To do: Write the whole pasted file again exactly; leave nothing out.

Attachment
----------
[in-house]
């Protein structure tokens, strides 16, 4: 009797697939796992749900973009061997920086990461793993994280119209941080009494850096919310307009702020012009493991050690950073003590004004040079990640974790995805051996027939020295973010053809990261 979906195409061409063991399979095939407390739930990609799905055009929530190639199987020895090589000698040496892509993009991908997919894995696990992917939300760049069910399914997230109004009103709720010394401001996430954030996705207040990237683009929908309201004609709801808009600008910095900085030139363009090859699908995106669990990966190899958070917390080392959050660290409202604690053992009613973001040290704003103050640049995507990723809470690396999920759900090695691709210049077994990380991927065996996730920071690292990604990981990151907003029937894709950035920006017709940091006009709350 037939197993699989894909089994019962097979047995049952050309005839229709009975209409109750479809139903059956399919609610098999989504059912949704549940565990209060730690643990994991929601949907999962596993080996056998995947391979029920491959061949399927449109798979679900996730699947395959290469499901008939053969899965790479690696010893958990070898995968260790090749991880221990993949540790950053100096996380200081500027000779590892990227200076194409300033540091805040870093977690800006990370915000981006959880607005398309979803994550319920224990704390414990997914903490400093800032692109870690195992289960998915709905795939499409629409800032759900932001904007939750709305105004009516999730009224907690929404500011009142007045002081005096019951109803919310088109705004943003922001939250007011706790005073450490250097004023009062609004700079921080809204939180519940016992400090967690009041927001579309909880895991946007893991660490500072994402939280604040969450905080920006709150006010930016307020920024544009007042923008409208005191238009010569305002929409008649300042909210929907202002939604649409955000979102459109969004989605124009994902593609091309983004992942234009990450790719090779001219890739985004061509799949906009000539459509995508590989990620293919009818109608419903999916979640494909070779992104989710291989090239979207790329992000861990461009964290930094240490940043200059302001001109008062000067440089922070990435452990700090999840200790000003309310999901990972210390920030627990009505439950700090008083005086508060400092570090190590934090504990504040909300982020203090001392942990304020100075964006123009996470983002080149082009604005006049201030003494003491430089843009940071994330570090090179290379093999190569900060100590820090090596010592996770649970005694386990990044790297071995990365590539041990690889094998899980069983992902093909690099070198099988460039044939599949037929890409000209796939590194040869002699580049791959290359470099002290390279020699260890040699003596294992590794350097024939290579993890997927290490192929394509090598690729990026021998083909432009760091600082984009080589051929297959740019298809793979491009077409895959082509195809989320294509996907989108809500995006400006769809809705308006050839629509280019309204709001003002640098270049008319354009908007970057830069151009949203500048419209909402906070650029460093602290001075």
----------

[in-house]
């Protein structure tokens, strides 16, 4: 009797697939796992749900973009061997920086990461793993994280119209941080009494850096919310307009702020012009493991050690950073003590004004040079990640974790995805051996027939020295973010053809990261 979906195409061409063991399979095939407390739930990609799905055009929530190639199987020895090589000698040496892509993009991908997919894995696990992917939300760049069910399914997230109004009103709720010394401001996430954030996705207040990237683009929908309201004609709801808009600008910095900085030139363009090859699908995106669990990966190899958070917390080392959050660290409202604690053992009613973001040290704003103050640049995507990723809470690396999920759900090695691709210049077994990380991927065996996730920071690292990604990981990151907003029937894709950035920006017709940091006009709350 037939197993699989894909089994019962097979047995049952050309005839229709009975209409109750479809139903059956399919609610098999989504059912949704549940565990209060730690643990994991929601949907999962596993080996056998995947391979029920491959061949399927449109798979679900996730699947395959290469499901008939053969899965790479690696010893958990070898995968260790090749991880221990993949540790950053100096996380200081500027000779590892990227200076194409300033540091805040870093977690800006990370915000981006959880607005398309979803994550319920224990704390414990997914903490400093800032692109870690195992289960998915709905795939499409629409800032759900932001904007939750709305105004009516999730009224907690929404500011009142007045002081005096019951109803919310088109705004943003922001939250007011706790005073450490250097004023009062609004700079921080809204939180519940016992400090967690009041927001579309909880895991946007893991660490500072994402939280604040969450905080920006709150006010930016307020920024544009007042923008409208005191238009010569305002929409008649300042909210929907202002939604649409955000979102459109969004989605124009994902593609091309983004992942234009990450790719090779001219890739985004061509799949906009000539459509995508590989990620293919009818109608419903999916979640494909070779992104989710291989090239979207790329992000861990461009964290930094240490940043200059302001001109008062000067440089922070990435452990700090999840200790000003309310999901990972210390920030627990009505439950700090008083005086508060400092570090190590934090504990504040909300982020203090001392942990304020100075964006123009996470983002080149082009604005006049201030003494003491430089843009940071994330570090090179290379093999190569900060100590820090090596010592996770649970005694386990990044790297071995990365590539041990690889094998899980069983992902093909690099070198099988460039044939599949037929890409000209796939590194040869002699580049791959290359470099002290390279020699260890040699003596294992590794350097024939290579993890997927290490192929394509090598690729990026021998083909432009760091600082984009080589051929297959740019298809793979491009077409895959082509195809989320294509996907989108809500995006400006769809809705308006050839629509280019309204709001003002640098270049008319354009908007970057830069151009949203500048419209909402906070650029460093602290001075």